{
    *add = malloc(3);

    --
    Ian Collins.
     
    Ian Collins, Feb 28, 2007
    #2
    1. Advertising

  3. Guest


    > You are posting C++ to comp.lang.c. Don't do that!
    >
    > If we pretend this is C, your problem is the perennial bug of assigning
    > a value to a local variable (add) and attempting to access it outside
    > the function.
    >
    > If you want to allocate memory in a function, pass a pointer to the
    > pointer you want to use
    >
    > void test( void **add char st[2] )
    > {
    > *add = malloc(3);
    >
    > --
    > Ian Collins.


    Thanks Ian. Yes I mixed C++ and C and was aware it was a perennial
    bug, the thing is that i need to go back to some old C code and i am
    just not used to it anymore... really sorry, thanks again for putting
    me back on the right track - i just started at some code today for so
    long, i got lost...
     
    , Feb 28, 2007
    #3
  4. Nelu Guest

    Re: allocating mem in a function and assigning a ptr to the firstbyte of that mem array...

    wrote:
    > I almost apologize to ask this question but I have been starting at
    > this code for a bit of time and don't understand what's wrong with it.
    > I am not arguing about the fact it's good or not coding, it's actually
    > a shorter version of something more complex that i am doing.
    >
    > Anway the idea is that there's a func Test which takes a pointer to
    > void argument, allocate some memory, set this memory with some cotent,
    > assign the ptr to a void to the first byte of this new alloc memory
    > and returuns. Normally because our argument points to the first byte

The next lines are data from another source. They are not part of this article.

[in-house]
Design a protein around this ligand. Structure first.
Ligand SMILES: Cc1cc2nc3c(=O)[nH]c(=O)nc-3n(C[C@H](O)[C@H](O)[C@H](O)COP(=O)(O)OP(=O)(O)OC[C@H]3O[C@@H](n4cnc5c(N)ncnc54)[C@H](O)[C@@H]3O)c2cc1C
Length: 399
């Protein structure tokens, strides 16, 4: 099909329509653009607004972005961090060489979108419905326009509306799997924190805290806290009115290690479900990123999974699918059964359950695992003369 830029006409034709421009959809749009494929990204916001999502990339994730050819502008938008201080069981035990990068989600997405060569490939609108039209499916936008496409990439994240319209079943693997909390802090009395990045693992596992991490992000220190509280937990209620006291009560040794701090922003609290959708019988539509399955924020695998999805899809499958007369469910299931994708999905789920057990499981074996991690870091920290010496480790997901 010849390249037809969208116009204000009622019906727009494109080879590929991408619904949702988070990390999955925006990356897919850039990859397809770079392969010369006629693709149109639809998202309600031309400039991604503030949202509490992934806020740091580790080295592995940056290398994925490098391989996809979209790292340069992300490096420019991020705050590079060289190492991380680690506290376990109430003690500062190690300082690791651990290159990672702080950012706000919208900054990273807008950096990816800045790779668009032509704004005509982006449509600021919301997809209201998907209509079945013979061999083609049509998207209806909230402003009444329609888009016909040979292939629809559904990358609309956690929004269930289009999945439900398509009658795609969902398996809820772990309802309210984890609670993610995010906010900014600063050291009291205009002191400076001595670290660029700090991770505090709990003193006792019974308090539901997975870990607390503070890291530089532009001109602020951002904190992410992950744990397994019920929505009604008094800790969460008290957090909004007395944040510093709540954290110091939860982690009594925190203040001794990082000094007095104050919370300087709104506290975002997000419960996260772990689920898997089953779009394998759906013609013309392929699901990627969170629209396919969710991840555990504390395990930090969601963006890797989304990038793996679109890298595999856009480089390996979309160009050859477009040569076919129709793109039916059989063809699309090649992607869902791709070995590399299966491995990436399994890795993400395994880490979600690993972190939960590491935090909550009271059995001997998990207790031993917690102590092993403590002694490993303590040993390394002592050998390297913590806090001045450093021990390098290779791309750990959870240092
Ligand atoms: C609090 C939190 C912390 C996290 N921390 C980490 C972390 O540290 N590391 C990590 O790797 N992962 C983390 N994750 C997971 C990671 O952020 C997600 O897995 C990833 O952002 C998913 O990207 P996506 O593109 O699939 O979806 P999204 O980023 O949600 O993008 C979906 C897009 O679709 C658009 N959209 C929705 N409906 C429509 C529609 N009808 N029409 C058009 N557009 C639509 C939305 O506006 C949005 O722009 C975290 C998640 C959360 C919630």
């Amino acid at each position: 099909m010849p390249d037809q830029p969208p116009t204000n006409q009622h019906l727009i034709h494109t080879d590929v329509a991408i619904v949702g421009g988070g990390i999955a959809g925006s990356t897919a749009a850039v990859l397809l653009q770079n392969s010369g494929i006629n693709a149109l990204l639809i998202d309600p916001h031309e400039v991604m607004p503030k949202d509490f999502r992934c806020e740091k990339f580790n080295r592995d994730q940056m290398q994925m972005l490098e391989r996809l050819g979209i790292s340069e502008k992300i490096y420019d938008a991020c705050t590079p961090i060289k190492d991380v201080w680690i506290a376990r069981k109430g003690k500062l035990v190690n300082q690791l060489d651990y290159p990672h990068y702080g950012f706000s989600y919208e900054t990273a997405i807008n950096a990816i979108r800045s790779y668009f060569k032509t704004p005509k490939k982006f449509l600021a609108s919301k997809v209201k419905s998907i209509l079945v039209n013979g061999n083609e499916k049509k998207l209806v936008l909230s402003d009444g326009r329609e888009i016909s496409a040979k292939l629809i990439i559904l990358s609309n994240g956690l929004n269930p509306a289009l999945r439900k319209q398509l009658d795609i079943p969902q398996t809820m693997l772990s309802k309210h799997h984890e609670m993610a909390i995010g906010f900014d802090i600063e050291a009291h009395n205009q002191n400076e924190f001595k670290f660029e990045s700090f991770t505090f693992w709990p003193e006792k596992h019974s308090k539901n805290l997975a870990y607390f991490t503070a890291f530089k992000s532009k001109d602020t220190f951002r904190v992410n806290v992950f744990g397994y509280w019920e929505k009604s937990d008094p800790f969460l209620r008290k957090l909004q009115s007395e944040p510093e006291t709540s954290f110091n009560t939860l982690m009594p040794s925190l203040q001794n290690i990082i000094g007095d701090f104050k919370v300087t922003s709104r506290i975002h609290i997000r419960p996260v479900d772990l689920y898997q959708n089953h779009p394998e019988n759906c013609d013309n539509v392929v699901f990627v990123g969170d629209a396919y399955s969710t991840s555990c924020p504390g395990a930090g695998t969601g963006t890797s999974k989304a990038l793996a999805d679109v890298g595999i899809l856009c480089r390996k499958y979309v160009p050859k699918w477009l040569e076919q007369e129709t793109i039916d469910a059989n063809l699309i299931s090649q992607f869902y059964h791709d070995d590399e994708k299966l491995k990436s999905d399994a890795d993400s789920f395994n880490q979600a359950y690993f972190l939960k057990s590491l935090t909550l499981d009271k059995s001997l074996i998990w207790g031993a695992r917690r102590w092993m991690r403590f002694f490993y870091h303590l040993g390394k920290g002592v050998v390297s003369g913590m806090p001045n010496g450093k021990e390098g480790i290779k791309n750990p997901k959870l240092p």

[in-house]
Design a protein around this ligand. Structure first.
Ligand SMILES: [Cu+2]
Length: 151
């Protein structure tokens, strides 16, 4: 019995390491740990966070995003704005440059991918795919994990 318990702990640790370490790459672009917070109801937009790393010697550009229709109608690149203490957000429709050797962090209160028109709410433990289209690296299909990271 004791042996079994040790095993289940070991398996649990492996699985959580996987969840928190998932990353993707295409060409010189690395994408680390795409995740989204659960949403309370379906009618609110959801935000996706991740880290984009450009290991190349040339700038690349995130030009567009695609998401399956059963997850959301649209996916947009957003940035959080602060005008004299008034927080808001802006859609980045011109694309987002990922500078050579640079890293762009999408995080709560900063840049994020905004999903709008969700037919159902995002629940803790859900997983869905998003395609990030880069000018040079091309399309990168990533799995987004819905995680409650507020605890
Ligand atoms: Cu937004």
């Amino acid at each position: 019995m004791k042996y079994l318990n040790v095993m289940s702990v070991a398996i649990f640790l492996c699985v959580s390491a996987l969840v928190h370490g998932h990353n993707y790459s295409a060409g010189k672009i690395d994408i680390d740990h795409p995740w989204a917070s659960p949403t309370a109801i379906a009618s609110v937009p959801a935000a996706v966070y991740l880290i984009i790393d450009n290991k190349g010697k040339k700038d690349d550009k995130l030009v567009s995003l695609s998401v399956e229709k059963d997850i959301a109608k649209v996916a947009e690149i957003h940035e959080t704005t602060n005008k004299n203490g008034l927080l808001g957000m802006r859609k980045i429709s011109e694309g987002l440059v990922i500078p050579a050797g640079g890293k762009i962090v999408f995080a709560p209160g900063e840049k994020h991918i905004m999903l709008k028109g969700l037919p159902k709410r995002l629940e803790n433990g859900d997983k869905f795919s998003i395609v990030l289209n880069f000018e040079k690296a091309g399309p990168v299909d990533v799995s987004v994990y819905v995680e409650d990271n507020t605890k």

> of that memory array * AND THAT THE MEM HASN'T BEEN FREED *, i should
    > still be able to access the content of that mem array.
    >
    > But i don't it crashes.
    >
    > Please help,
    >
    > cheers -mark
    >
    > #include <stdlib.h>
    > #include <stdio.h>


    > #include <cmath>
    > //#include <map>
    > #include <string>


    Not standard C headers. Probably C++.

    >
    > void Test( void *add, char st[2] )
    > {
    > char *tt = new char[3];


    new operator does not exist in C.
    You need to check the value of tt to make sure it's not NULL.
    (In your case you should probably catch the exception which is OT
    here).

    > strcpy( tt, st );
    > add = (void*)tt;


    add has the value passed to the function. Here you change the
    value that add holds but not the value that was passed to the
    function.

    > printf( ">> %s\n", (char*)add );
    > //free( tt );


    If you'll free tt here, add will point to memory that doesn't
    belong to it. Also, be consistent, use new with delete and malloc
    with free. Given the fact that this is c.l.c you can only use
    malloc with free.

    > }
    >
    > int main( int argc, char **argv )
    > {
    > void *a;
    > Test( a, "ab" );


    a is an uninitialized pointer. You should not use it like that
    because it's value is passed to Test but you are not allowed to
    use its value. Remember the observations for add from above? That